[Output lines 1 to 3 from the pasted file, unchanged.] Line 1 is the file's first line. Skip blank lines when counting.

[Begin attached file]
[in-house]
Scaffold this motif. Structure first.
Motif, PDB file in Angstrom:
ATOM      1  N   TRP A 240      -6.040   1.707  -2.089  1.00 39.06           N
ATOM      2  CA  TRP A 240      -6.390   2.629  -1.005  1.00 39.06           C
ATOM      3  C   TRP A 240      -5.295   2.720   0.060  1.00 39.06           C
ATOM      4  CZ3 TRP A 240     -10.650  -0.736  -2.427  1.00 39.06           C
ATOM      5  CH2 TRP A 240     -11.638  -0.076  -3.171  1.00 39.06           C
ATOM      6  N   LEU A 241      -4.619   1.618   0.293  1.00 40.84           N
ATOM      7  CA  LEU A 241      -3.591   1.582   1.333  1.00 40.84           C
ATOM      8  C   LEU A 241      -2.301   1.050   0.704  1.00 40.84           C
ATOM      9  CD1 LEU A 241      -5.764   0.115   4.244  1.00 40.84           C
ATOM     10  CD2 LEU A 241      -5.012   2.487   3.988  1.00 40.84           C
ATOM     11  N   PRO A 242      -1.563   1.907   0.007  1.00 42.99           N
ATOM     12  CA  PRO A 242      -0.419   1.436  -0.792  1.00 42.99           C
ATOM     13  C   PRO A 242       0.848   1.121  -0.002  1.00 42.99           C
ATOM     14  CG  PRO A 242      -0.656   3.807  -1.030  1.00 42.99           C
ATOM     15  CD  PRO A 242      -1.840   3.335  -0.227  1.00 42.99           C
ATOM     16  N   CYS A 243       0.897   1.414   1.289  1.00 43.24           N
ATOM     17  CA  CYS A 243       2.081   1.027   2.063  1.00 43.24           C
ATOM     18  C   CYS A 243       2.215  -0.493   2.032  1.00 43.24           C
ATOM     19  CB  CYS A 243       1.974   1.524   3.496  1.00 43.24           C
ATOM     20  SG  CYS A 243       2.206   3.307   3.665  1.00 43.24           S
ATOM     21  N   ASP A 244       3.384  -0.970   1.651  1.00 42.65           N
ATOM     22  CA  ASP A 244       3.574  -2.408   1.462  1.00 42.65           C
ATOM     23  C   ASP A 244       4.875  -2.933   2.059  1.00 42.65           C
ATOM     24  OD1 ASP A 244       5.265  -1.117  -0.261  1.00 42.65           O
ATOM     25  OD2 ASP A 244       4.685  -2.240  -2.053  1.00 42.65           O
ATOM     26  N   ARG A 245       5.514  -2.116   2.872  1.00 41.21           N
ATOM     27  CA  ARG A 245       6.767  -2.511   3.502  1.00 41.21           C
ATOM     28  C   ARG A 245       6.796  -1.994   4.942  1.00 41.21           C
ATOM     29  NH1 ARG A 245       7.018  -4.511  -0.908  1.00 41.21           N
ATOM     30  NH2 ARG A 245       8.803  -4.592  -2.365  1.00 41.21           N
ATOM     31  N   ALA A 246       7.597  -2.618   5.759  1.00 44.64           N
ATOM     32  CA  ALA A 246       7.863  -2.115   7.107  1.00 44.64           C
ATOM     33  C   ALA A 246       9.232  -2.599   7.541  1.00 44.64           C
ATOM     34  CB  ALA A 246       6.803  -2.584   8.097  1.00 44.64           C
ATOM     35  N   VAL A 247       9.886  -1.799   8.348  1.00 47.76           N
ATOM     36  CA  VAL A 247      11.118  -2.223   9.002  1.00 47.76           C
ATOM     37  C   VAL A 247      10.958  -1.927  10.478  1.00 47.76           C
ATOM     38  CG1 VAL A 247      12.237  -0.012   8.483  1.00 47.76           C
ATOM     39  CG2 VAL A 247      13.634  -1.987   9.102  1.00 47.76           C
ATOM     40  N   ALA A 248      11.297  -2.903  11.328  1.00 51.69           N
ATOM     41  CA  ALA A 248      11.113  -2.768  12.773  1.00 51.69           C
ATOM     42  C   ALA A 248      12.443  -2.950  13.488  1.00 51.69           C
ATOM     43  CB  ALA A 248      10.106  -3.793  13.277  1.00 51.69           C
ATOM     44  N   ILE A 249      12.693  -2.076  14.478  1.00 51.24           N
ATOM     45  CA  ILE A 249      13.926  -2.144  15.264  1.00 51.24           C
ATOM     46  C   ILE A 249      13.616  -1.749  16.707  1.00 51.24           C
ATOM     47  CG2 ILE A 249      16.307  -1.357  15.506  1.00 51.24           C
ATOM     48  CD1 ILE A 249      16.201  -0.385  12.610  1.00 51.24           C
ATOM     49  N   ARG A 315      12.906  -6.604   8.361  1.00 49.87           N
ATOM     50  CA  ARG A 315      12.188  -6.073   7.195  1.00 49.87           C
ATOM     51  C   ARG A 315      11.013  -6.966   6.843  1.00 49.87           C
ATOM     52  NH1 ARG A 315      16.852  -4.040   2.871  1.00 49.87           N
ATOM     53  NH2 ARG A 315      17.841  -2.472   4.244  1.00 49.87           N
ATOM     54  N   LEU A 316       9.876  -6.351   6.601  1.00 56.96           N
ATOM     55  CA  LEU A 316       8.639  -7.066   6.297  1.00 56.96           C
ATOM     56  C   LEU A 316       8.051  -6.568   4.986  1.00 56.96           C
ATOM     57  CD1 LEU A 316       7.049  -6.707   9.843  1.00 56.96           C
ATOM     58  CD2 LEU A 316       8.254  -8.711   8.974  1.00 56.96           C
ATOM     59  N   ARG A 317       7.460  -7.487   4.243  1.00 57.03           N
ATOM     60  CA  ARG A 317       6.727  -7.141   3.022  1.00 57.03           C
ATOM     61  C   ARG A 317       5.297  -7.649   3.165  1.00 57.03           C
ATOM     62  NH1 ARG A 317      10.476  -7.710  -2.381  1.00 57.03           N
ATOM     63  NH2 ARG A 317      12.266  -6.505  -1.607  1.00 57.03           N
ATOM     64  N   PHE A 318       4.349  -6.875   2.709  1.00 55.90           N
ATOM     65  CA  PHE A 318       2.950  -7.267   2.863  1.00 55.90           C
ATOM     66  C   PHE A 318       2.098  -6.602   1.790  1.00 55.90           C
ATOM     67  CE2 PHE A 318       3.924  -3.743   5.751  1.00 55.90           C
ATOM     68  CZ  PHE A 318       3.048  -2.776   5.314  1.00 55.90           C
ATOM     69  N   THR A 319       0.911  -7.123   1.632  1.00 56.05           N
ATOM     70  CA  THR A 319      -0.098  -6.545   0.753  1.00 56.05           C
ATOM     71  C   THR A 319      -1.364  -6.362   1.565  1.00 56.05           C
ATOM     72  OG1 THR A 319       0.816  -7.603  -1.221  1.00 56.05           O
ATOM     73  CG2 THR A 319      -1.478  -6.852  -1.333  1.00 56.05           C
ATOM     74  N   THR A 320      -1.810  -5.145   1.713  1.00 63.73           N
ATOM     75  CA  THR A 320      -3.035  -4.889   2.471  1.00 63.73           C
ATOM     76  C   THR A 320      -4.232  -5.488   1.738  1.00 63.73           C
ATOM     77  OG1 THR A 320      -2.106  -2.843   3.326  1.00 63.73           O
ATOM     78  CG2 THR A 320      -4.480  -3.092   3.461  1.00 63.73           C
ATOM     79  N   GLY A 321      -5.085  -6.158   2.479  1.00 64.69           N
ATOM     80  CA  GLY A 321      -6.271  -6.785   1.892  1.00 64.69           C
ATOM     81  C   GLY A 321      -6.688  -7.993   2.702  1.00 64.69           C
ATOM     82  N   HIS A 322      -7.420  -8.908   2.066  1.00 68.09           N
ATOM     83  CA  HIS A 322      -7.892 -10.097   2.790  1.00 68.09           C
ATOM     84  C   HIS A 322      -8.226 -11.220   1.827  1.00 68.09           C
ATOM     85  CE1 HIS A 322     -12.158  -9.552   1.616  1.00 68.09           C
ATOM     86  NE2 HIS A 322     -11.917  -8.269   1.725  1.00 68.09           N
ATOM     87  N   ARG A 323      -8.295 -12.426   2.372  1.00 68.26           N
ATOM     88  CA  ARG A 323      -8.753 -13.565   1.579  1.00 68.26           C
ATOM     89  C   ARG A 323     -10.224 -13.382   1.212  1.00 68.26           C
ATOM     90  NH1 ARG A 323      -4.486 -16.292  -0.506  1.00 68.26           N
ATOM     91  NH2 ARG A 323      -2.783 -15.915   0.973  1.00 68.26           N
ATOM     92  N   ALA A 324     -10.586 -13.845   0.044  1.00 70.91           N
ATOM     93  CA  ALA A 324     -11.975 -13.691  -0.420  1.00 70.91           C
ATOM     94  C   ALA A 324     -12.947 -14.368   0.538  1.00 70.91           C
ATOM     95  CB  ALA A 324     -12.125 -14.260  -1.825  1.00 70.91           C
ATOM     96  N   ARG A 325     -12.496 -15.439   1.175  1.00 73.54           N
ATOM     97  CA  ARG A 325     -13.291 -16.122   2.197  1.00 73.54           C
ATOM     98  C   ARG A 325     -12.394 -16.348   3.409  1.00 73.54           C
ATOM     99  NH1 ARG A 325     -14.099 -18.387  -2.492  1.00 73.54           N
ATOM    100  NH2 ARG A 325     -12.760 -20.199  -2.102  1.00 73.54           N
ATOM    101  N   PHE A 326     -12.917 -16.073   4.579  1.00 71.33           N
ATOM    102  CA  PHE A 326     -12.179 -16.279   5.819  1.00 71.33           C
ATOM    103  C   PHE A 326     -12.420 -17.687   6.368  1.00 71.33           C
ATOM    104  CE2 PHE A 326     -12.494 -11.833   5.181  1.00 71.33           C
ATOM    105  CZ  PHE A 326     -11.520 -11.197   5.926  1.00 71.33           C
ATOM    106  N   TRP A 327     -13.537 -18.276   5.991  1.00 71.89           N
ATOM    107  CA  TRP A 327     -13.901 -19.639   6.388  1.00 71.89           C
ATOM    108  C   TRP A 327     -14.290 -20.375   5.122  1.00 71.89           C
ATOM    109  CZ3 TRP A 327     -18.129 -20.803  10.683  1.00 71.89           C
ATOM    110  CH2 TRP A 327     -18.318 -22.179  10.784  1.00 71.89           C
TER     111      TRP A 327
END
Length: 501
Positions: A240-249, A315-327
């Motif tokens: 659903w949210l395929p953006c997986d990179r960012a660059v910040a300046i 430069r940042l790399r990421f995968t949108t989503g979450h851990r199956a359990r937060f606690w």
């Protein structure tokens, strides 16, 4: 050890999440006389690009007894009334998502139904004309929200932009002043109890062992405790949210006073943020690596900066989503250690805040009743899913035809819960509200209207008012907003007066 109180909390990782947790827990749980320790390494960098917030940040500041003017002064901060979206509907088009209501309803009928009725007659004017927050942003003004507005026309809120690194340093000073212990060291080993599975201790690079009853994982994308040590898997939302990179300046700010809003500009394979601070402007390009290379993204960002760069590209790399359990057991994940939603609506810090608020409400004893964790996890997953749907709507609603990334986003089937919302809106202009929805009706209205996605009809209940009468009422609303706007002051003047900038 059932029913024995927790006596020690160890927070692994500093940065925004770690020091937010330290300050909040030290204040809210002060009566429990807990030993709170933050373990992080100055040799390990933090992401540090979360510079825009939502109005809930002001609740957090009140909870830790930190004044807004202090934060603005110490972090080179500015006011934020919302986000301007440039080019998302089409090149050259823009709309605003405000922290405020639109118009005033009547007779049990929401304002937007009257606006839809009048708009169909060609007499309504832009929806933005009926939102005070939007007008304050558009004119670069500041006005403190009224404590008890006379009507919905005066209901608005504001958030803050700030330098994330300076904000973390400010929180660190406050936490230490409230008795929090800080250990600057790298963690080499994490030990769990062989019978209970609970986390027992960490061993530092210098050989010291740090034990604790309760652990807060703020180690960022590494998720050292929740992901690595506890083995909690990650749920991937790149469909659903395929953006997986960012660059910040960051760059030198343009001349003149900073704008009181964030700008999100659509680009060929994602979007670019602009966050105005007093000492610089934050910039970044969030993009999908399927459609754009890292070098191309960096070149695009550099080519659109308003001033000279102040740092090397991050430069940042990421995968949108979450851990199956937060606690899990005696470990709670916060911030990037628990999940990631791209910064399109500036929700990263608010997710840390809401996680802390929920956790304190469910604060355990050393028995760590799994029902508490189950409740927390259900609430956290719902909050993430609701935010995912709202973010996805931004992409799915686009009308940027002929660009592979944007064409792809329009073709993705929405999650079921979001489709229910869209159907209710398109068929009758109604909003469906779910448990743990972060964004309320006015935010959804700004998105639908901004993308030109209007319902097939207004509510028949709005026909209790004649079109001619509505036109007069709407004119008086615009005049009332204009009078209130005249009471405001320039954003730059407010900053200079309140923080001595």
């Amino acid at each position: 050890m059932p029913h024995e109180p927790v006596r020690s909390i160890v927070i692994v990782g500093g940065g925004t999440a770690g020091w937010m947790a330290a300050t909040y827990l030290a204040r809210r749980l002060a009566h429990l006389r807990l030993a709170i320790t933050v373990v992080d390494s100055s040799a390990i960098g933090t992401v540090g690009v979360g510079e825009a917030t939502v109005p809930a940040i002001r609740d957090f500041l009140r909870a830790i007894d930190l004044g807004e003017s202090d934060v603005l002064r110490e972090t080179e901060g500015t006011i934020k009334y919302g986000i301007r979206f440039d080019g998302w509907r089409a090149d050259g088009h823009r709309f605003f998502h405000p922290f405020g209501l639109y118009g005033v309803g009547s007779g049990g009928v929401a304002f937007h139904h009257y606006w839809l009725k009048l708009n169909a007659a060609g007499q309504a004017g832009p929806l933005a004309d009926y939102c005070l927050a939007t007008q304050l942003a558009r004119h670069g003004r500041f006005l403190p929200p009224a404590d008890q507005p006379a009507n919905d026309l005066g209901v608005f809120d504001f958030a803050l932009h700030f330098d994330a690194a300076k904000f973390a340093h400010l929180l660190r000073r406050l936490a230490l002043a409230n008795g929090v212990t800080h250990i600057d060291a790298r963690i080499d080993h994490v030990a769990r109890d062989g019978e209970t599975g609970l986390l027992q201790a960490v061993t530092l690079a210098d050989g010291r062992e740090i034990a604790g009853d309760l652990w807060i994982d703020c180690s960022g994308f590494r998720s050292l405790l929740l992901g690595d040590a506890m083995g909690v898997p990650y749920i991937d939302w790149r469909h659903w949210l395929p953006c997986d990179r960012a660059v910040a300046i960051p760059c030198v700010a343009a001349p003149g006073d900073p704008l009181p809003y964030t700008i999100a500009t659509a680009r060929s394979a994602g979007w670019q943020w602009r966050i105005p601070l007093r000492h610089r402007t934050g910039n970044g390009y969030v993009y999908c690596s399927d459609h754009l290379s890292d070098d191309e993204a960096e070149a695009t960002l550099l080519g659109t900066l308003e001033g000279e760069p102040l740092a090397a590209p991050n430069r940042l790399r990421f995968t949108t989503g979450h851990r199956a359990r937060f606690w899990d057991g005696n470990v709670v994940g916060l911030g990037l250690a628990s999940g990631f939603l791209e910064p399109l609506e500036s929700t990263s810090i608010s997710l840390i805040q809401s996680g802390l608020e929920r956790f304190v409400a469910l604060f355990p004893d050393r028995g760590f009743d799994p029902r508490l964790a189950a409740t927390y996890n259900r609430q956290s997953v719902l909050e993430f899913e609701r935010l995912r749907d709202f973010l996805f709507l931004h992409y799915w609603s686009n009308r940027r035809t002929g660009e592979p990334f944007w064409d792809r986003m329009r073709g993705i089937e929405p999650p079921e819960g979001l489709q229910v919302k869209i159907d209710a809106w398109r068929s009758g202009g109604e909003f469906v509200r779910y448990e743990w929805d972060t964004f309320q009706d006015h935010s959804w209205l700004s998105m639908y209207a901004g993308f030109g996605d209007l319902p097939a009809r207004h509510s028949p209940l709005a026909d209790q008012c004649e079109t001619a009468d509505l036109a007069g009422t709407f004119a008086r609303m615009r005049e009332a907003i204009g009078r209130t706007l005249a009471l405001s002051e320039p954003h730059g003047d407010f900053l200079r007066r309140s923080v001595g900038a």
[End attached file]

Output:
[in-house]
Scaffold this motif. Structure first.
Motif, PDB file in Angstrom: